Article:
- It sparks memories of their ancestors - This is our personal theory, but we kind of like it. All dogs have their ancestry in wolves, and wolves can run up to 37 miles per hour! There aren’t many dogs that can still make it up to that speed (greyhounds being an obvious exception), so having their head out the windows might just make your average dog feel like they’re finally getting up to the speed they were meant to go!
Run Around the Cab
In general, we think it’s a good idea to have your dog restrained in some way. Accidents will happen, and you don’t want your dog flying through the cab like a missile should you have a head-on collision.
But we know that people often do leave their dogs to move about the cab freely. So why is a dog so interested in being seemingly everywhere at once? Part of it is that they want to be near you, so they hop up in the front seat. If they head to the back and look out the window, it gives them a view that they’d never be able to get otherwise: things moving backward at 40 miles per hour! Moving in any direction so quickly is exciting for dogs. They try to take in as much of the strange experience as possible and let it wash over them, then express their excitement by running around the interior of the vehicle.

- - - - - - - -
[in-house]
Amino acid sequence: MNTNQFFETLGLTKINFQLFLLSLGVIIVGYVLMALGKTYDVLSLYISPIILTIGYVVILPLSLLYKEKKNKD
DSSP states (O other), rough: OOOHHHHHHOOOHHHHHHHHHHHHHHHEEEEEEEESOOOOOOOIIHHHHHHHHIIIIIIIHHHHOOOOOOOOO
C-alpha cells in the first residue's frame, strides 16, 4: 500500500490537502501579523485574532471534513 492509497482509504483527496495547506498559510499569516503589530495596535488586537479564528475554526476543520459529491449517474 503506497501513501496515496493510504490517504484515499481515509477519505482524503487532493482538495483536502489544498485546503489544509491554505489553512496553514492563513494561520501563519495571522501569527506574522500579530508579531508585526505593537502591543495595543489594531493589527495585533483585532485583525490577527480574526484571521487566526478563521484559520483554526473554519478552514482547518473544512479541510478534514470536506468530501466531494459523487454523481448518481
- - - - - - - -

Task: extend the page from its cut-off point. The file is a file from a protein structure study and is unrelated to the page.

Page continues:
One last note. If the only time that you put your dog in the vehicle is to take them to the vet, that running around in the car might be a sign or fear. Your dog could be upset because they associate “being in a car” with “I might be getting a shot and I don’t want my teeth cleaned.” But if you’re someone who’s interested in our dog car temperature monitor, you probably travel with your dog quite a bit, and all of that movement is just excitement.
Chew Things Up
One of the reasons that we have put a microphone on our car temperature app is so that you can hear your dog via the pet monitor app on your phone. If you’ve lived with your dog for any amount of time, you probably have a pretty good idea of what they sound like when they’re happy and when they’re distressed.
But another reason our dog monitoring system has a microphone is so that you can hear them if you hear aggressive chewing even though you didn’t leave them with anything to chew. That’s your car’s upholstery! So why might a dog chew on your car when you’ve left them in the car alone? (Of course, you left them alone with the PuppTech car heat alarm on.)